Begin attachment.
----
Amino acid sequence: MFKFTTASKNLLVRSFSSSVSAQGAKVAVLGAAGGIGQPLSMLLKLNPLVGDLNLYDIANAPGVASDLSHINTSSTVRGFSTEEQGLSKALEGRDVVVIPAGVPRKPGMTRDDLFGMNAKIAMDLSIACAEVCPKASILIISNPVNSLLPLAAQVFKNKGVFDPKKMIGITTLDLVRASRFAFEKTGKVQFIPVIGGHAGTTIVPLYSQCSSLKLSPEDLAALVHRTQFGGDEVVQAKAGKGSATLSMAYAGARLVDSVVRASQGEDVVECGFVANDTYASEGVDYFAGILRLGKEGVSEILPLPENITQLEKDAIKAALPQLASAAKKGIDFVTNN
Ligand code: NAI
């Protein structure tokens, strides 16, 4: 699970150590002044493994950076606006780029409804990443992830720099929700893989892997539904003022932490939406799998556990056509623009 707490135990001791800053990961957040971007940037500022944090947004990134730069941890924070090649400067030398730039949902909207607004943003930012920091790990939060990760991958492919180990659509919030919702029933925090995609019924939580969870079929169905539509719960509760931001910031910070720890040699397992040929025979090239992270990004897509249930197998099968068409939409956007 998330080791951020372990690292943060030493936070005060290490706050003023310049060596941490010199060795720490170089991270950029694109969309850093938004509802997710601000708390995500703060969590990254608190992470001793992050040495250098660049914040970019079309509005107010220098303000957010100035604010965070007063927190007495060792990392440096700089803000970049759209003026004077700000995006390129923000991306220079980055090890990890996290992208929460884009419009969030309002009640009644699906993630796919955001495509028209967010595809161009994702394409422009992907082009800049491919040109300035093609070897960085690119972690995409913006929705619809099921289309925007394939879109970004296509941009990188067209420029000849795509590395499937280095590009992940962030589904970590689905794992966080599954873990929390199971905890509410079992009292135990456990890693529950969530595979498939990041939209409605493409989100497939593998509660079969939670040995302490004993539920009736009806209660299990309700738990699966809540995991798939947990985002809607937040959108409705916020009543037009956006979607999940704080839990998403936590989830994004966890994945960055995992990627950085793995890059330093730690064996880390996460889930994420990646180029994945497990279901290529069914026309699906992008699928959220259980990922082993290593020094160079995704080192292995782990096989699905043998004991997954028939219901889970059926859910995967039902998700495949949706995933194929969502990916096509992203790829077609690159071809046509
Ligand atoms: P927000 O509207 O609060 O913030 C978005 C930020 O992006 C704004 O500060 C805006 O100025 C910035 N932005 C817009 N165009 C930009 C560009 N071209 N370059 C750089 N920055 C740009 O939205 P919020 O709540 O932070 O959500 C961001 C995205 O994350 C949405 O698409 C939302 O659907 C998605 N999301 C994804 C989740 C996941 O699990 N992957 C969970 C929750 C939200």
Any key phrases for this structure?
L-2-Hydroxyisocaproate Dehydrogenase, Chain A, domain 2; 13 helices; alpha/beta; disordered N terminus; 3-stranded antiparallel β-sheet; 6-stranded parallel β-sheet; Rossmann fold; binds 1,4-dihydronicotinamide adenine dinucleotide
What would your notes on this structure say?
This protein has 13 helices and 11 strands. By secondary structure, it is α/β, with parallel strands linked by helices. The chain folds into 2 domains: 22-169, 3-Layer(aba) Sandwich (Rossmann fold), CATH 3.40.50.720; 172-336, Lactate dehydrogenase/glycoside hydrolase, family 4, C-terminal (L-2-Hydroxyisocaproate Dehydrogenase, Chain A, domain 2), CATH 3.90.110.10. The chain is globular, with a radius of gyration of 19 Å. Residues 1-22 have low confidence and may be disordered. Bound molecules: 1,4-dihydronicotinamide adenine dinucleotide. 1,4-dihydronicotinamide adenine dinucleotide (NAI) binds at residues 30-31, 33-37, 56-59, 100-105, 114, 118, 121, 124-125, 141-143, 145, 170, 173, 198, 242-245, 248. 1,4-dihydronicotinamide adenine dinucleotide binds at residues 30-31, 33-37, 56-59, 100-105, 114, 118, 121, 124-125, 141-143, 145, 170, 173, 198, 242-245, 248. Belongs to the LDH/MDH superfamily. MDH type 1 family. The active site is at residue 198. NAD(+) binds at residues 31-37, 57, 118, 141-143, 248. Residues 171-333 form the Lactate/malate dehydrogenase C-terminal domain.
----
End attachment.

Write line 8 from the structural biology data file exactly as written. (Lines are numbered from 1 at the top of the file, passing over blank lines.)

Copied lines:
This protein has 13 helices and 11 strands. By secondary structure, it is α/β, with parallel strands linked by helices. The chain folds into 2 domains: 22-169, 3-Layer(aba) Sandwich (Rossmann fold), CATH 3.40.50.720; 172-336, Lactate dehydrogenase/glycoside hydrolase, family 4, C-terminal (L-2-Hydroxyisocaproate Dehydrogenase, Chain A, domain 2), CATH 3.90.110.10. The chain is globular, with a radius of gyration of 19 Å. Residues 1-22 have low confidence and may be disordered. Bound molecules: 1,4-dihydronicotinamide adenine dinucleotide. 1,4-dihydronicotinamide adenine dinucleotide (NAI) binds at residues 30-31, 33-37, 56-59, 100-105, 114, 118, 121, 124-125, 141-143, 145, 170, 173, 198, 242-245, 248. 1,4-dihydronicotinamide adenine dinucleotide binds at residues 30-31, 33-37, 56-59, 100-105, 114, 118, 121, 124-125, 141-143, 145, 170, 173, 198, 242-245, 248. Belongs to the LDH/MDH superfamily. MDH type 1 family. The active site is at residue 198. NAD(+) binds at residues 31-37, 57, 118, 141-143, 248. Residues 171-333 form the Lactate/malate dehydrogenase C-terminal domain.